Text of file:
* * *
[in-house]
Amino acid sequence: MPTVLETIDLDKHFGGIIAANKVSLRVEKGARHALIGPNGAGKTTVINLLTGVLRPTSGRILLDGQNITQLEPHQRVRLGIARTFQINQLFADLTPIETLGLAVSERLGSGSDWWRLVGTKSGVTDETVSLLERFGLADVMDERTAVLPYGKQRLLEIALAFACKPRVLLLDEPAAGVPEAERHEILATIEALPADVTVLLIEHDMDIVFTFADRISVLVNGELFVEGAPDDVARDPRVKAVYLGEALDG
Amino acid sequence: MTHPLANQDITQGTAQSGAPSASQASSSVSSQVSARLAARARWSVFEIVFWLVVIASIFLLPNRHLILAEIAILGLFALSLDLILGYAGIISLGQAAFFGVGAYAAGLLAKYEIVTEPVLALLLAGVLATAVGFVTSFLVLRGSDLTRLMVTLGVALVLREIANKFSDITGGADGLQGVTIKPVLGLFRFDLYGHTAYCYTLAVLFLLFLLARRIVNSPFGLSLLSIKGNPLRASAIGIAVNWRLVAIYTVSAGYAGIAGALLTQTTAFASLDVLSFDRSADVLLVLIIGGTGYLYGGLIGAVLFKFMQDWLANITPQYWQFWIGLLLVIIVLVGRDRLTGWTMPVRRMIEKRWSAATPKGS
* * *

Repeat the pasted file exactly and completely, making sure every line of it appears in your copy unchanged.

[in-house]
Amino acid sequence: MPTVLETIDLDKHFGGIIAANKVSLRVEKGARHALIGPNGAGKTTVINLLTGVLRPTSGRILLDGQNITQLEPHQRVRLGIARTFQINQLFADLTPIETLGLAVSERLGSGSDWWRLVGTKSGVTDETVSLLERFGLADVMDERTAVLPYGKQRLLEIALAFACKPRVLLLDEPAAGVPEAERHEILATIEALPADVTVLLIEHDMDIVFTFADRISVLVNGELFVEGAPDDVARDPRVKAVYLGEALDG
Amino acid sequence: MTHPLANQDITQGTAQSGAPSASQASSSVSSQVSARLAARARWSVFEIVFWLVVIASIFLLPNRHLILAEIAILGLFALSLDLILGYAGIISLGQAAFFGVGAYAAGLLAKYEIVTEPVLALLLAGVLATAVGFVTSFLVLRGSDLTRLMVTLGVALVLREIANKFSDITGGADGLQGVTIKPVLGLFRFDLYGHTAYCYTLAVLFLLFLLARRIVNSPFGLSLLSIKGNPLRASAIGIAVNWRLVAIYTVSAGYAGIAGALLTQTTAFASLDVLSFDRSADVLLVLIIGGTGYLYGGLIGAVLFKFMQDWLANITPQYWQFWIGLLLVIIVLVGRDRLTGWTMPVRRMIEKRWSAATPKGS